The surreal court-ordered exhumation of artist Salvador Dalí in July would have astounded even the master himself
By Robin Jay
In the eerie evening hours of Thursday, July 20th in Figueres, Spain, the surreality of the event that transpired beneath the glassed dome of the the Dalí Theatre-Museum would have surely shocked even artist Salvador Dalí in a way that no melting clock or eye-shaped pendant ever could.
You see it was here, in the final resting place of Dalí, where a court-ordered entourage of judicial secretaries, Forensic Medical Institute representatives, members of the Fundació Gala-Salvador Dalí and attorneys advocating for the Spanish State, the Foundation and the taro-card reader María Pilar Abel Martínez, observed as pulleys lifted the master’s tombstone and then his coffin lying two meters beneath. The exhumation was an effort to prove (or disprove) Martínez’ claims that she is the love child of the otherwise childless Dalí and a legal heir to some portion of his behemoth estate.
Why A Madrid Court Ordered The Exhumation
Much to the chagrin of the Fundació Gala-Salvador Dalí, Martínez filed a lawsuit in 2015, saying that her mother once worked as a maid for friends of Dalí in the 1950s and had a secret affair with the married artist. Past efforts to compare Martínez’ DNA with hairs from Dalí’s death mask proved non-conclusive, which provoked her to press for the artist’s exhumation and further paternity testing.
“The DNA study of the painter’s corpse is necessary due to the lack of other biological or personal remains with which to perform the comparative study,” the Madrid court said.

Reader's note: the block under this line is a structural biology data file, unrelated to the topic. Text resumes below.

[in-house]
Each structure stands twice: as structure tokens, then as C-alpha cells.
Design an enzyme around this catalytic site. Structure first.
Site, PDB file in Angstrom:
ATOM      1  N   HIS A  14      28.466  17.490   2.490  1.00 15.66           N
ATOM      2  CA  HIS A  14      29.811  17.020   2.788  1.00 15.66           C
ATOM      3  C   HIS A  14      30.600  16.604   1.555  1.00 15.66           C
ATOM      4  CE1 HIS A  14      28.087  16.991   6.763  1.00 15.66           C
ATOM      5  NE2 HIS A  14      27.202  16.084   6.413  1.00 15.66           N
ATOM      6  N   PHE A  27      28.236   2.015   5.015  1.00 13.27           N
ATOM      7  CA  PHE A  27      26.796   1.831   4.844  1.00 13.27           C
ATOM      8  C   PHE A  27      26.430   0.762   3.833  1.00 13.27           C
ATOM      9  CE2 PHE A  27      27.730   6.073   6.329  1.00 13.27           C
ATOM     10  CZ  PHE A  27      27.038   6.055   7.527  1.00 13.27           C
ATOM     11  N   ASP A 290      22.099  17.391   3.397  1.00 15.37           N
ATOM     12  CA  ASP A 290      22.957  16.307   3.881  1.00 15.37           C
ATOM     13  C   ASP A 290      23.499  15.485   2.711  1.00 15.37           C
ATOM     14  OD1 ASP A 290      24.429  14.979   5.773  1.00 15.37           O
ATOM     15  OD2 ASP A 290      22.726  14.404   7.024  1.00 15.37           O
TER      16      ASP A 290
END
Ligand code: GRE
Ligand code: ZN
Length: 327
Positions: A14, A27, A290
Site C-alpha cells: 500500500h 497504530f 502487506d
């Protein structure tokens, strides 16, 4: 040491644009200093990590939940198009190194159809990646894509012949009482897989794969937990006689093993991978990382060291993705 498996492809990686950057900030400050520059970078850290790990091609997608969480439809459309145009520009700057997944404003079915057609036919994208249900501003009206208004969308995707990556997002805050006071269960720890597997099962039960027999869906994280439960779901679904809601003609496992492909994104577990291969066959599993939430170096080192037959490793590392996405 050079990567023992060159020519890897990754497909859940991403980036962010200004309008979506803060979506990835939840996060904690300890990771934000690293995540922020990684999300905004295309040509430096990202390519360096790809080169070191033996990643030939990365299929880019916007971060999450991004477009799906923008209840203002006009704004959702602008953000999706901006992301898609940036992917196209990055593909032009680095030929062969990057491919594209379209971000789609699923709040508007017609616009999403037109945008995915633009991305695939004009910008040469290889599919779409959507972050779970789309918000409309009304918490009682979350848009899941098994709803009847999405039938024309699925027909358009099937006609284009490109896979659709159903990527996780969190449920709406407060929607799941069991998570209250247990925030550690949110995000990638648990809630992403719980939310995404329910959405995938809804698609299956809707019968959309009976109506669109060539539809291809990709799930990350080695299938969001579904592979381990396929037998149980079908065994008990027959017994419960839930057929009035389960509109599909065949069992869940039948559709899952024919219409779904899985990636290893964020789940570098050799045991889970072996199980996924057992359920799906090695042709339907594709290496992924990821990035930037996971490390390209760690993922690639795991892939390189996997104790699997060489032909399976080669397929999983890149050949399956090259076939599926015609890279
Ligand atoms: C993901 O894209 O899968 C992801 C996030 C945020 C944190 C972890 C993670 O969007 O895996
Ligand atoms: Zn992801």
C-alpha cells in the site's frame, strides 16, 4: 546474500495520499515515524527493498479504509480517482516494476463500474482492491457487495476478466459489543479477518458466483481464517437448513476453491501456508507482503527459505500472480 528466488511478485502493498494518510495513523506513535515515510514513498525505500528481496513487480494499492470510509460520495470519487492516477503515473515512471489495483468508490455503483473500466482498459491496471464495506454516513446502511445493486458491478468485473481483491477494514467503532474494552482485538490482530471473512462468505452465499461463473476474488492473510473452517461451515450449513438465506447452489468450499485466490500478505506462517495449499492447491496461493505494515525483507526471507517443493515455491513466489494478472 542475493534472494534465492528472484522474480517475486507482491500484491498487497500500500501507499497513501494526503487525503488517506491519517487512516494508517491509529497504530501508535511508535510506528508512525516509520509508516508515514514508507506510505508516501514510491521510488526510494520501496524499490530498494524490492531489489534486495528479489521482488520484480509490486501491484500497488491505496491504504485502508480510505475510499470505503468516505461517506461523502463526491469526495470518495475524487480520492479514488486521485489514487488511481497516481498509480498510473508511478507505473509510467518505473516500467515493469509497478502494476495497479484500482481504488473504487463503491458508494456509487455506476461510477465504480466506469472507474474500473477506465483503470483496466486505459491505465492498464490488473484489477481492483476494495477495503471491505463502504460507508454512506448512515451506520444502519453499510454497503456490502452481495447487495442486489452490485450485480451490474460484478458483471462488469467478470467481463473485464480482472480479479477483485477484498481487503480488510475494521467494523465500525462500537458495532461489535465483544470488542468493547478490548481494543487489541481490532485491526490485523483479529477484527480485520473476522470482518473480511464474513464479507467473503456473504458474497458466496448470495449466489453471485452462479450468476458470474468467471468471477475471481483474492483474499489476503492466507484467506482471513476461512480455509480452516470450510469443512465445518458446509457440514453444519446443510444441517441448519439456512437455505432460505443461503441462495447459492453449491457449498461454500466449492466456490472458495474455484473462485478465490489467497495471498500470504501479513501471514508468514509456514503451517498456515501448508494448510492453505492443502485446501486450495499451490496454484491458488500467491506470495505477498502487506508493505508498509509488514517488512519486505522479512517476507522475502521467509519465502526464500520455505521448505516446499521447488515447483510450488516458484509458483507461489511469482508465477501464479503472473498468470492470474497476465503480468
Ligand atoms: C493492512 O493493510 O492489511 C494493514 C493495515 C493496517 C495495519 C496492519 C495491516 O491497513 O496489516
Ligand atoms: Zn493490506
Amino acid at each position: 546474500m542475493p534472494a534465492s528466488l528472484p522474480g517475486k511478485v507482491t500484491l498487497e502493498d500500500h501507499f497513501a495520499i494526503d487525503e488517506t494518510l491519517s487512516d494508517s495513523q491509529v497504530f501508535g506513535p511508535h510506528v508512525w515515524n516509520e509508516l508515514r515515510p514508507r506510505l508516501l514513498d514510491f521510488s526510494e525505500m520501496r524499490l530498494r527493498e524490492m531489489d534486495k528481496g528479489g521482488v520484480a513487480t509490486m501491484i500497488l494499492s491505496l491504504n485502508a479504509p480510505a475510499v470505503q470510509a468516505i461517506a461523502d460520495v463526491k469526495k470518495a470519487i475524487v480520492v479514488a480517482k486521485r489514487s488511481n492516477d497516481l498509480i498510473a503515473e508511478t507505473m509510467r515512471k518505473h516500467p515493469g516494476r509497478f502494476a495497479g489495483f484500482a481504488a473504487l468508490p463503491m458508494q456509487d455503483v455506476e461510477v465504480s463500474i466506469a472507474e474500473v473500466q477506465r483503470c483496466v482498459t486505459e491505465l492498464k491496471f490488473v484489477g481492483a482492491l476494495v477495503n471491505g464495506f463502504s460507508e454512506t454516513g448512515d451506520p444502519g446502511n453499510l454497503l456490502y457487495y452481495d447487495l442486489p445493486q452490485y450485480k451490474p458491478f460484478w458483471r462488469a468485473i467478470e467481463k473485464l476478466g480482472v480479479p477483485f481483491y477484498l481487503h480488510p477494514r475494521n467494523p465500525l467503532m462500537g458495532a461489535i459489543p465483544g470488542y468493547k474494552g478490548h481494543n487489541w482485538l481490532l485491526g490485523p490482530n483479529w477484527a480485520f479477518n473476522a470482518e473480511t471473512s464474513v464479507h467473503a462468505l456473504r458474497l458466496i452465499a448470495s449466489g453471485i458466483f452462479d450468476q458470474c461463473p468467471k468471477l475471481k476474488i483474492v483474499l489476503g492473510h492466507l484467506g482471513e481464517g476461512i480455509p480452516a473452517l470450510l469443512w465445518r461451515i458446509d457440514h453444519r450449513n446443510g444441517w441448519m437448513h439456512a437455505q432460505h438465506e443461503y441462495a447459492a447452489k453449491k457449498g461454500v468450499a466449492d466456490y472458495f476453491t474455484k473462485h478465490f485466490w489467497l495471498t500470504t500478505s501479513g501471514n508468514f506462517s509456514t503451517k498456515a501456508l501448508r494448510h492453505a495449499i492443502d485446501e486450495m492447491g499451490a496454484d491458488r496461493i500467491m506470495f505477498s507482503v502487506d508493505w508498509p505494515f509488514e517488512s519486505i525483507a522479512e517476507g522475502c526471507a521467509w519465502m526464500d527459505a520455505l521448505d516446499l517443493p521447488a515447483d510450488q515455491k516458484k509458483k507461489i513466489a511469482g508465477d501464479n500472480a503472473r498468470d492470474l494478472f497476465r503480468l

The Fundació Gala-Salvador Dalí couldn’t have disagreed more. After completing the exhumation, the Foundation declared in a statement that “It considers the exhumation performed on Salvador Dalí’s remains entirely inappropriate, for the reasons presented in its judicial review: There is no evidence that claimant Pilar Abel Martínez’ claim has any legal basis, as the only grounds provided constitute a notarial statement from a woman who claims to be a friend of the mother [Martínez’ mother is still alive at the time of this writing, but is in a reported state of dementia].
“Before agreeing to such an invasive act as the exhumation of Salvador Dalí in a museum, the claimant Pilar Abel Martínez – as proposed by the Foundation and the Spanish State – should have been required to carry out a DNA test to compare her DNA with that of her legal father (deceased) or her brother, to thereby obtain all available evidence that she is not their daughter or sister.”
The Findings Within
Narcís Bardalet, the coroner who performed Dalí’s embalming after his death in 1989, was also present at the artist’s unearthing and removed the silk scarf covering the artist’s face.
In a post-exhumation interview with a radio station local to the Dalí Theatre-Museum, Bardalet exclaimed, “His moustache is still intact, 10 past 10 [referring to clock hands], just as he liked it. It’s a miracle… I was quite moved. The moustache is still there and will be for centuries.”
• Salvador Dalí House in Portlligat, Spain
• Gala Dalí Castle Púbol, Púbol-la Pera, Spain
• Dalí Museum in St. Petersburg, Florida
Sept. 6, 2017, Madrid *
MADRID — A paternity test has disproved a Spanish woman’s claim that she is the daughter of surrealist artist Salvador Dalí, the deceased painter’s foundation announced Wednesday.
The Gala-Salvador Dalí Foundation said in a written statement that the Madrid court that ordered the DNA test informed it that Pilar Abel, a 61-year-old tarot card reader, has no biological relationship with Dalí.